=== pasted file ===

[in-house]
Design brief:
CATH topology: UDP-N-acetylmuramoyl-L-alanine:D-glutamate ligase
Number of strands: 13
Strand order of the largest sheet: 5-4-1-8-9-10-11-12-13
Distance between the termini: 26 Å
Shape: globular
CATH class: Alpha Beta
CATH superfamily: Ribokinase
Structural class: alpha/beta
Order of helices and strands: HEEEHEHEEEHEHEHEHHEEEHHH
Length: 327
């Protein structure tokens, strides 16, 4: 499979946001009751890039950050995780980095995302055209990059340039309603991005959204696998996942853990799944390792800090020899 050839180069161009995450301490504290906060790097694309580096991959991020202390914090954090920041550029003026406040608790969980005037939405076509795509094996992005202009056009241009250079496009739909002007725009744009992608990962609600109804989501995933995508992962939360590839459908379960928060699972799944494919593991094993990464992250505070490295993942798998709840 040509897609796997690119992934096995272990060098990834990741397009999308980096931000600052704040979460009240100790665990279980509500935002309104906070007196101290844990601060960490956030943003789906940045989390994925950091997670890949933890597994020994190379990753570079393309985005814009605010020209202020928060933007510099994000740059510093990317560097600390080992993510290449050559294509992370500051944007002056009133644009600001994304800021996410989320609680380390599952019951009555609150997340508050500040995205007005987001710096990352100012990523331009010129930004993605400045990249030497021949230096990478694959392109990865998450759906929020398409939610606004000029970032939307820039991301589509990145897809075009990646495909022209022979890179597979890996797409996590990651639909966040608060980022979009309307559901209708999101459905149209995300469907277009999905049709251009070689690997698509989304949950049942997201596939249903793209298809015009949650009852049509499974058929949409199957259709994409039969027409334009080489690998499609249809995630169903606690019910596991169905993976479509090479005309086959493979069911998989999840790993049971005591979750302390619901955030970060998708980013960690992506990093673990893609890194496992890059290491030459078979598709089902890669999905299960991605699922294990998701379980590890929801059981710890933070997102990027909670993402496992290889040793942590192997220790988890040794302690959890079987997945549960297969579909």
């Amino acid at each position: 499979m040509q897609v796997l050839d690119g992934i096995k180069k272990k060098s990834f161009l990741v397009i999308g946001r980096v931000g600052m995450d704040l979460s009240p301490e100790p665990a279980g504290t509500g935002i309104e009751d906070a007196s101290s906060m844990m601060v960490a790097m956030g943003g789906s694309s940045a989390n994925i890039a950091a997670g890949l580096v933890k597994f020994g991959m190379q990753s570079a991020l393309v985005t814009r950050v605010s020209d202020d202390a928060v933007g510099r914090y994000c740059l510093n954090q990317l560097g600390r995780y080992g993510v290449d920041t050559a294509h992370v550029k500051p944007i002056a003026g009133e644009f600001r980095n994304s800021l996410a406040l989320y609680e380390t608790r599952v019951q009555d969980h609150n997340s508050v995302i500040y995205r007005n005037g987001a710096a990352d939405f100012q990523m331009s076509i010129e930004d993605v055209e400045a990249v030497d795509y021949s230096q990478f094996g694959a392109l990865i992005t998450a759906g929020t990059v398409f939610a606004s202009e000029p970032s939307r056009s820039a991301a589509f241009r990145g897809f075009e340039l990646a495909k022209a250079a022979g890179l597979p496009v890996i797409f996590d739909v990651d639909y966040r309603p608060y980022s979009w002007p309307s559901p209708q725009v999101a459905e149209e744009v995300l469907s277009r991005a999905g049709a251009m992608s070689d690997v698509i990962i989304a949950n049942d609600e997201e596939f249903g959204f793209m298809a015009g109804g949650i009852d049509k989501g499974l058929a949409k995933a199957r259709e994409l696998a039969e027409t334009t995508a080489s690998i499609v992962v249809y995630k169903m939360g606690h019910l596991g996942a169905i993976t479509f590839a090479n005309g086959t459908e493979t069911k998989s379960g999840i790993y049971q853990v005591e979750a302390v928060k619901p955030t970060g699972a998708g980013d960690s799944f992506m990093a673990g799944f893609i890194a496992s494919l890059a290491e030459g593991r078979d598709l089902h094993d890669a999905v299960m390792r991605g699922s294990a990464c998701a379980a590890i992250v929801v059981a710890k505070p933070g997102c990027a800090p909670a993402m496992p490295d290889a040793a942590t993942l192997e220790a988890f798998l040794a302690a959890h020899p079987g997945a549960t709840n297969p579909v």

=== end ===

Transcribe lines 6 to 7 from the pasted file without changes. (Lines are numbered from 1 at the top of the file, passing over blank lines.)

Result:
Distance between the termini: 26 Å
Shape: globular